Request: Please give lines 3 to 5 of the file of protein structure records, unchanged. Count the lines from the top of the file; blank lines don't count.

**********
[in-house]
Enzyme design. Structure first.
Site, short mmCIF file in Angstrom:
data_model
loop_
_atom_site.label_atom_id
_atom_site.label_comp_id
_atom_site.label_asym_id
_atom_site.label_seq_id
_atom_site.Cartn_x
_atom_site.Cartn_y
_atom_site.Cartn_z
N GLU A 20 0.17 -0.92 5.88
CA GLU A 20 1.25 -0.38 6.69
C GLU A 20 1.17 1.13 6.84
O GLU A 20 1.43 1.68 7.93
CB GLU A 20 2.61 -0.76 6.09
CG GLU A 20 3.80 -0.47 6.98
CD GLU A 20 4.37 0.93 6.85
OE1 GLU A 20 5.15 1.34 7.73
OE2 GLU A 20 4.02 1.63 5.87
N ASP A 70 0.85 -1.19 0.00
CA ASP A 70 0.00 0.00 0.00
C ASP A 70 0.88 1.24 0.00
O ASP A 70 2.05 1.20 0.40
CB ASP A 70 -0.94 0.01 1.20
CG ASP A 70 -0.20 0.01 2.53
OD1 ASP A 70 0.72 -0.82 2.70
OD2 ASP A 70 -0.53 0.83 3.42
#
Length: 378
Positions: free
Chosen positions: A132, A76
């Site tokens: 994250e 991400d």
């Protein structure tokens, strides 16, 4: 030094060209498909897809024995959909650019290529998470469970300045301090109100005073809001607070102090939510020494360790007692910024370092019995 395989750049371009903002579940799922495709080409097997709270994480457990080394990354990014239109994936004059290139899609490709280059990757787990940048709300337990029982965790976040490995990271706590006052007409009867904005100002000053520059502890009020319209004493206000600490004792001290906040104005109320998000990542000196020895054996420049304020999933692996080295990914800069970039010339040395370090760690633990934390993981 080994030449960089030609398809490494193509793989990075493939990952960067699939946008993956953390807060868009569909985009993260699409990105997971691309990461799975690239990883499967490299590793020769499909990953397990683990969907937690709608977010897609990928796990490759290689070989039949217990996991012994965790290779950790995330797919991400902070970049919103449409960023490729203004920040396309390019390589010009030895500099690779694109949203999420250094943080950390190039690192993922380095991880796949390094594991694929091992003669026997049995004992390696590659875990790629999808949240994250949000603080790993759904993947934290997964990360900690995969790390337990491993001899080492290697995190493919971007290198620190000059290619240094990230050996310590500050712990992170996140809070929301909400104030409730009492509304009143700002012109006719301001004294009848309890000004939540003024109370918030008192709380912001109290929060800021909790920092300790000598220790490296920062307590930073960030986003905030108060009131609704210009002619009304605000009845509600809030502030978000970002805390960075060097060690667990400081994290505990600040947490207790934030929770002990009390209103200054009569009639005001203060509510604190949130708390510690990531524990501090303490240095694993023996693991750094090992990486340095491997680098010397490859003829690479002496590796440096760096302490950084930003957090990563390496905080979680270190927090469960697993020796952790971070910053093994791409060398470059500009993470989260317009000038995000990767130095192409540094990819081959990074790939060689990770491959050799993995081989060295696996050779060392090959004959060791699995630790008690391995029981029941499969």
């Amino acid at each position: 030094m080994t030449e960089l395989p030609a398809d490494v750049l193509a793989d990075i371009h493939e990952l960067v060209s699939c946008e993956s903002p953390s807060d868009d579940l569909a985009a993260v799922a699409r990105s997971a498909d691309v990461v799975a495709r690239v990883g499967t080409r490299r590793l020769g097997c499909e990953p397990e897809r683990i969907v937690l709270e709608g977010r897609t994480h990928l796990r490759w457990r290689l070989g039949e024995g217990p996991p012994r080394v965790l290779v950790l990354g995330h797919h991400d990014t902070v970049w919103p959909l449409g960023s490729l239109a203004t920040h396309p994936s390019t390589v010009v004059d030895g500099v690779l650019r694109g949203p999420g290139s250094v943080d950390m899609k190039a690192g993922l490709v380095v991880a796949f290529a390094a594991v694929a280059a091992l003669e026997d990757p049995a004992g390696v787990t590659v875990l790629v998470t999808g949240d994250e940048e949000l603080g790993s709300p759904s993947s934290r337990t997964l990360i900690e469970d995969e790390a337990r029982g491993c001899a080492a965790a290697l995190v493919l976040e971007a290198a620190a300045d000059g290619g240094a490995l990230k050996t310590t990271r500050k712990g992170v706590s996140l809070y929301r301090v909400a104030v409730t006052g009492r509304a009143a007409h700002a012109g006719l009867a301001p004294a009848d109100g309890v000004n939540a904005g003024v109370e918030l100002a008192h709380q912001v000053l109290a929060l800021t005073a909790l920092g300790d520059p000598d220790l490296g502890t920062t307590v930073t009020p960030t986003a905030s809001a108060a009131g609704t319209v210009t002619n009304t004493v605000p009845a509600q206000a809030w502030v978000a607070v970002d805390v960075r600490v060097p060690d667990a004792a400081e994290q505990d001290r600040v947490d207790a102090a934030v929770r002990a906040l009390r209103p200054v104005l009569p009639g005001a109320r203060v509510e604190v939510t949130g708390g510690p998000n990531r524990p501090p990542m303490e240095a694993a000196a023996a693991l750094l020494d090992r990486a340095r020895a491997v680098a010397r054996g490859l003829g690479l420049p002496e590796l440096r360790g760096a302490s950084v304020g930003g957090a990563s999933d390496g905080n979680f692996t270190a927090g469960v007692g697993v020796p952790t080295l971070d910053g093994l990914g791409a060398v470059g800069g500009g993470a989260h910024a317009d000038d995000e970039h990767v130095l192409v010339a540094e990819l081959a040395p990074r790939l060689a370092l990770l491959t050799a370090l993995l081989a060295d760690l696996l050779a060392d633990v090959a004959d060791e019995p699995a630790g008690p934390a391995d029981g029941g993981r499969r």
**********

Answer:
Site, short mmCIF file in Angstrom:
data_model
loop_